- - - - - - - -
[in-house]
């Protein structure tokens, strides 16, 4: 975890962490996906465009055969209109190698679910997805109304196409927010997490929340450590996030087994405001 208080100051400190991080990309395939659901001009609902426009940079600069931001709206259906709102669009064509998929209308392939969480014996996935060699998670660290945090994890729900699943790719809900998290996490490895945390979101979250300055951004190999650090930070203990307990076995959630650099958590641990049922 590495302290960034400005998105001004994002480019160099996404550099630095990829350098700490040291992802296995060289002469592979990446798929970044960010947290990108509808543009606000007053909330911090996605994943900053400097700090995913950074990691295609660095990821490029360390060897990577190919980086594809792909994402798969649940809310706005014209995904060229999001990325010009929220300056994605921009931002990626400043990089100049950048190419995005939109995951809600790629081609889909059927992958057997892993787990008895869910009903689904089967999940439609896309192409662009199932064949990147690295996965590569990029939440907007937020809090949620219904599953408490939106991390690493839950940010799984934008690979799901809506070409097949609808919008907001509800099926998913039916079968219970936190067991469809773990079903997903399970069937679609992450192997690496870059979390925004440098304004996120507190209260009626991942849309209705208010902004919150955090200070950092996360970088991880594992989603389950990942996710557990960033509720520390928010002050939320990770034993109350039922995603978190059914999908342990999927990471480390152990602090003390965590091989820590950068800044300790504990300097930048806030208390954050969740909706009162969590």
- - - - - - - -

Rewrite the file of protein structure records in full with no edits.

[in-house]
């Protein structure tokens, strides 16, 4: 975890962490996906465009055969209109190698679910997805109304196409927010997490929340450590996030087994405001 208080100051400190991080990309395939659901001009609902426009940079600069931001709206259906709102669009064509998929209308392939969480014996996935060699998670660290945090994890729900699943790719809900998290996490490895945390979101979250300055951004190999650090930070203990307990076995959630650099958590641990049922 590495302290960034400005998105001004994002480019160099996404550099630095990829350098700490040291992802296995060289002469592979990446798929970044960010947290990108509808543009606000007053909330911090996605994943900053400097700090995913950074990691295609660095990821490029360390060897990577190919980086594809792909994402798969649940809310706005014209995904060229999001990325010009929220300056994605921009931002990626400043990089100049950048190419995005939109995951809600790629081609889909059927992958057997892993787990008895869910009903689904089967999940439609896309192409662009199932064949990147690295996965590569990029939440907007937020809090949620219904599953408490939106991390690493839950940010799984934008690979799901809506070409097949609808919008907001509800099926998913039916079968219970936190067991469809773990079903997903399970069937679609992450192997690496870059979390925004440098304004996120507190209260009626991942849309209705208010902004919150955090200070950092996360970088991880594992989603389950990942996710557990960033509720520390928010002050939320990770034993109350039922995603978190059914999908342990999927990471480390152990602090003390965590091989820590950068800044300790504990300097930048806030208390954050969740909706009162969590």